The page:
The scenic and expansive landscape of Mapungubwe National Park has attracted countless visitors to this wildlife wonderland in the far north of South Africa. At 28,000 hectares, the park shares a border with Botswana and Zimbabwe and forms part of the Greater Mapungubwe Transfrontier Conservation Area. The trickling waters of the Kolope, Limpopo and Shashe Rivers are a lifeline to the wildlife residents that include four members of the Big Five and countless bird species.
Mapungubwe’s unique sandstone formations, woodlands, riverine forest and baobab trees combine to give the park a fascinating look. The park protects the historical site of Mapungubwe Hill, the site of a community dating back to the Iron Age. Archaeologists also uncovered the famous golden rhino figurine from the site. The park has been a UNESCO World Heritage Site since 2003. It houses a museum where many of the artefacts uncovered in the park are on display.
The destination is most certainly worth it, but it is a bit of a journey to get to Mapungubwe National Park. It is around 530 kilometres north of Johannesburg where OR Tambo International Airport is situated. Visitors can either self-drive (at least six hours) or take a regional flight to Polokwane, about 200 kilometres from the park.
The different habitat types and landscapes of Mapungubwe National Park dotted with impressive baobabs, provide a thriving environment for a myriad of species. The park is a haven for lions and has been a Lion Conservation Unit since 2005. Leopards, elephants and rhinos are the other members of the Big Five present. Visitors can also spot predators like cheetah, wild dog, spotted hyena, brown hyena and caracal. A variety of antelope species including eland, kudu, bushbuck, waterbuck, impala, klipspringer, duiker and steenbok roam the park, while at least 17 bat species call the park home.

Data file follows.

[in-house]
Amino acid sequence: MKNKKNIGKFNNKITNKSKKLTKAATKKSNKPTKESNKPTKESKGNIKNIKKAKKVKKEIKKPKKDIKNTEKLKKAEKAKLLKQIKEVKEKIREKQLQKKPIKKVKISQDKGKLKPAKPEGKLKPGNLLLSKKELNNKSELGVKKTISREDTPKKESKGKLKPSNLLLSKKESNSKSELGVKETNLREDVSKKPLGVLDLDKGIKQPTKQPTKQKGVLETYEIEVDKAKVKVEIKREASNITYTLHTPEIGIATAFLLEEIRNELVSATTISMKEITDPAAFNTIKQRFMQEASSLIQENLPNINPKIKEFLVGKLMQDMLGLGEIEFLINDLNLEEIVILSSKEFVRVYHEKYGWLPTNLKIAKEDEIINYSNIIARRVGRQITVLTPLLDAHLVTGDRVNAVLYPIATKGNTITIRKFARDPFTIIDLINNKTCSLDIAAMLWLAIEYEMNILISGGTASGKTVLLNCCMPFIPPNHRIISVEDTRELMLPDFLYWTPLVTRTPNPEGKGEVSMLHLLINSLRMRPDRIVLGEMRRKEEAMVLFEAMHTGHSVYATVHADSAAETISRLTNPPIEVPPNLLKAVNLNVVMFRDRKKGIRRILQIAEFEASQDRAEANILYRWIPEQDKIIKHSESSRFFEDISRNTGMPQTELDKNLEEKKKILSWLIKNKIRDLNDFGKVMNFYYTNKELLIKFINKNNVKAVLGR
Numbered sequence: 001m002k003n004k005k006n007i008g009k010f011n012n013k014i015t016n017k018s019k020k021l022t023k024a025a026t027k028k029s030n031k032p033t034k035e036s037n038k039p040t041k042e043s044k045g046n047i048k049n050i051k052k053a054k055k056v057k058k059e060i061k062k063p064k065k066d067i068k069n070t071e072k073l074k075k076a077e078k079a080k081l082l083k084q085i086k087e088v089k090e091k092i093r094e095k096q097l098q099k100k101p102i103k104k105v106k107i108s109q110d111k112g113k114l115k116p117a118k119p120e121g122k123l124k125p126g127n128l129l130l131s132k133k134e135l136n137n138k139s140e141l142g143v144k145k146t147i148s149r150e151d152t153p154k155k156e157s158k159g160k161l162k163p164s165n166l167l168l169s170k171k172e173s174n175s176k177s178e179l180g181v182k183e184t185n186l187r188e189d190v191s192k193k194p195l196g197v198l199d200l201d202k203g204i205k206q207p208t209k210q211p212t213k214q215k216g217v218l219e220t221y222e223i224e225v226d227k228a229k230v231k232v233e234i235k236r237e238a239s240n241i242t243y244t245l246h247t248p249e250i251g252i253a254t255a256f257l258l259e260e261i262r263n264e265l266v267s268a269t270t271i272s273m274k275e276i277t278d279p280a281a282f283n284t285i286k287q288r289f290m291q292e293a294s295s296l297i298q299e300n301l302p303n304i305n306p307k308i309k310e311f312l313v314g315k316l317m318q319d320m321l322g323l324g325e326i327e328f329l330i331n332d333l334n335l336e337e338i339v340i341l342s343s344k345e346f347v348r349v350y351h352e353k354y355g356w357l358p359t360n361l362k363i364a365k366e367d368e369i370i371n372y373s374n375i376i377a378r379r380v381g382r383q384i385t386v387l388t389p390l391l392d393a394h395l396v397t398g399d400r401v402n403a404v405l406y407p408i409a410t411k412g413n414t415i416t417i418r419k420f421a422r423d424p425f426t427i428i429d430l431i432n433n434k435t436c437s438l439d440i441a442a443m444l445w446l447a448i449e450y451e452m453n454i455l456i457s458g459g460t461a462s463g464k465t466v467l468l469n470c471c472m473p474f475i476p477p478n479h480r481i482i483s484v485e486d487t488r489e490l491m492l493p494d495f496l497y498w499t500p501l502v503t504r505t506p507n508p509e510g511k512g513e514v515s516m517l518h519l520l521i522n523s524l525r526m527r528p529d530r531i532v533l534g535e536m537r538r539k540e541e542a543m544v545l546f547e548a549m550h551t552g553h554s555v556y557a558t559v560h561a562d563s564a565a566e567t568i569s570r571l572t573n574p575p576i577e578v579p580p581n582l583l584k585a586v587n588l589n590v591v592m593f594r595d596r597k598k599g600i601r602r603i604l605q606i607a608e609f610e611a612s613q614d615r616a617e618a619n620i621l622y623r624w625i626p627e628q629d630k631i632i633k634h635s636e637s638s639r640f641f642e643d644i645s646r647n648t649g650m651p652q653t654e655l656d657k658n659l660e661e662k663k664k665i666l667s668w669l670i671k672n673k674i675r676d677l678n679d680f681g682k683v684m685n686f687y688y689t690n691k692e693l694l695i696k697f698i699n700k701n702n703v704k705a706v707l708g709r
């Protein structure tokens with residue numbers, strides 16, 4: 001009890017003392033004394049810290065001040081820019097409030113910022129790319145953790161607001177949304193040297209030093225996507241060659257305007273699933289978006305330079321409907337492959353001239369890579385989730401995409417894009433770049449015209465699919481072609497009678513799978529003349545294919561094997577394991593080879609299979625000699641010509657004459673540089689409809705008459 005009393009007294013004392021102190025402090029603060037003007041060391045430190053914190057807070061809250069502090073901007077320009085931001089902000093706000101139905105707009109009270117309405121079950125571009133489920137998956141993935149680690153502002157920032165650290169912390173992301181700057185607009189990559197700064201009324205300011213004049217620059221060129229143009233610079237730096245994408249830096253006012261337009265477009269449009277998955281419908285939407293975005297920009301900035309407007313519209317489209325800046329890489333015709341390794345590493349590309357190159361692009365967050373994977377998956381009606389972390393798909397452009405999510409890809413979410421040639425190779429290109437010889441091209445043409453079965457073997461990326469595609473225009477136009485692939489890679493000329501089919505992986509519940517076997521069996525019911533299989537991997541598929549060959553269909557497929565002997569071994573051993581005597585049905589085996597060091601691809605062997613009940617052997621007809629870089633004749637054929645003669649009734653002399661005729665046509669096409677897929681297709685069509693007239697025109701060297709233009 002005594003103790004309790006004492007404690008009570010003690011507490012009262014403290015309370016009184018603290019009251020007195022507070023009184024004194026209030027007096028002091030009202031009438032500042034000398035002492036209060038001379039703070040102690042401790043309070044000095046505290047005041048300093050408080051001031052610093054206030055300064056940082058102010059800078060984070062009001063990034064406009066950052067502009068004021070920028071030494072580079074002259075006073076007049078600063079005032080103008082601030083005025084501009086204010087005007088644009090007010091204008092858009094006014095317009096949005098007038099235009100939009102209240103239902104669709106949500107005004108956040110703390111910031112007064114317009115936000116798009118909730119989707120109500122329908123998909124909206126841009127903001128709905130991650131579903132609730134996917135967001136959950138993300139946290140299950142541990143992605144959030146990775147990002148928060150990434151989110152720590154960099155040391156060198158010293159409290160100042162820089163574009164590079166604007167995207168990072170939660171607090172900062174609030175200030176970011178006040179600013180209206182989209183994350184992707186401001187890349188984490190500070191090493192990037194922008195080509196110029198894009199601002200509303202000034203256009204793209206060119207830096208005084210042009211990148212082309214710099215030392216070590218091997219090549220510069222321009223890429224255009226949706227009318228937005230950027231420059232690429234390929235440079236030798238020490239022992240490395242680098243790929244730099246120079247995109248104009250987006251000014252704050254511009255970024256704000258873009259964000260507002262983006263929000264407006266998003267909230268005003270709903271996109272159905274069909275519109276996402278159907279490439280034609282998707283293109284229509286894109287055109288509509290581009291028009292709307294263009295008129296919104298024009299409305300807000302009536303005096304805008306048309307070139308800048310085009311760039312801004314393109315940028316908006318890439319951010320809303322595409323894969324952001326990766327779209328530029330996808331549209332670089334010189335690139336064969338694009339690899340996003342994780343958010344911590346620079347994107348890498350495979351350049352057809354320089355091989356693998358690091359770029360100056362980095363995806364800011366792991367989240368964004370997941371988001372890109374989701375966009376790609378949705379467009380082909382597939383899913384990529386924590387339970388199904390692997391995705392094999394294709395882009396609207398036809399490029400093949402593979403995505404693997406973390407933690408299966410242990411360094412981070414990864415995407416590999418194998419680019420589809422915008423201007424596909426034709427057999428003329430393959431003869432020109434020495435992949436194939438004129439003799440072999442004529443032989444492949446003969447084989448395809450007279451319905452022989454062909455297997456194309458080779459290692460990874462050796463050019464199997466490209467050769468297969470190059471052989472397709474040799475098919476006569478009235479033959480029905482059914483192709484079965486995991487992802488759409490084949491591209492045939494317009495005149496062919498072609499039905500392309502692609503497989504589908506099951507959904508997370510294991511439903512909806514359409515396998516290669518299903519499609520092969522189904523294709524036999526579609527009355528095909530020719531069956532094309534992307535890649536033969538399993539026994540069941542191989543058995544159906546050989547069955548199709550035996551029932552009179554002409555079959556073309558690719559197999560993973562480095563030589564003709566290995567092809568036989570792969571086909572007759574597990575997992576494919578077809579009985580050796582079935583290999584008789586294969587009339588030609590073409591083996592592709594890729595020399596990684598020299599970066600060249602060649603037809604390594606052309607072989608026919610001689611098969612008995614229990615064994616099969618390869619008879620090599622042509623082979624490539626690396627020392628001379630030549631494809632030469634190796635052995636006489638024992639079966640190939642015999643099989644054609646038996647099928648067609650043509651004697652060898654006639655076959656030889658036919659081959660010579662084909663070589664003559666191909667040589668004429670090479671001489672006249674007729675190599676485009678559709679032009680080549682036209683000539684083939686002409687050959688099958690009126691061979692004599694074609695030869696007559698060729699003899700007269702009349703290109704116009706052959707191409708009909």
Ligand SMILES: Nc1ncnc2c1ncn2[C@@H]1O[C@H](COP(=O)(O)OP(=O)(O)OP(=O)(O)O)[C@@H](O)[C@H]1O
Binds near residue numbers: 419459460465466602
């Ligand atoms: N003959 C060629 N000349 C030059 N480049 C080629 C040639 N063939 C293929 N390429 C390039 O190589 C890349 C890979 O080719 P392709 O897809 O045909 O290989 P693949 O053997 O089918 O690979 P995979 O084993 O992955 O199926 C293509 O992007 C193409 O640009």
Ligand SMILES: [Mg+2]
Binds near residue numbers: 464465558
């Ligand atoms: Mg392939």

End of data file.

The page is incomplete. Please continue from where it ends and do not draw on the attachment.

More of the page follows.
Avid birders can scan the sky for the more than 400 species that occur in the region. There is a high density of Verreaux's eagle with an abundance of cuckoo species. An interesting attraction of the park is the occurrence of species typical of the arid western regions of South Africa, like the Crimson-breasted shrike and black-faced waxbill.
Mapungubwe National Park is situated in a part of South Africa where the temperatures soar between November and February. The best time for game viewing is between May and September during the winter months. Animals congregate at available water sources and are easier to spot as the bush thins out considerably.
Game drives are at the top of the list activities in Mapungubwe National Park with guided morning walks bringing a different perspective to wildlife viewing. For a unique experience, safari-goers can book a bush braai to enjoy a scrumptious evening meal with glistening stars above and wildlife sounds all around. Those interested in the cultural history of the park, can have a closer look at the famous Golden Rhino during a museum tour or participate in a heritage tour with the opportunity to visit the elite graveyard at the top of Mapungubwe Hill.
There are a variety of overnight accommodation options available in Mapungubwe National Park that cater to all tastes and preferences. Visitors should, however, take note when making a booking that the park is divided into two sections - eastern and western section. Tshugulu Lodge, Limpopo Forest Tented Camp and Mazhou Camping Site are located in the western section. Leokwe Camp and Vhembe Wilderness Camp are located in the eastern section.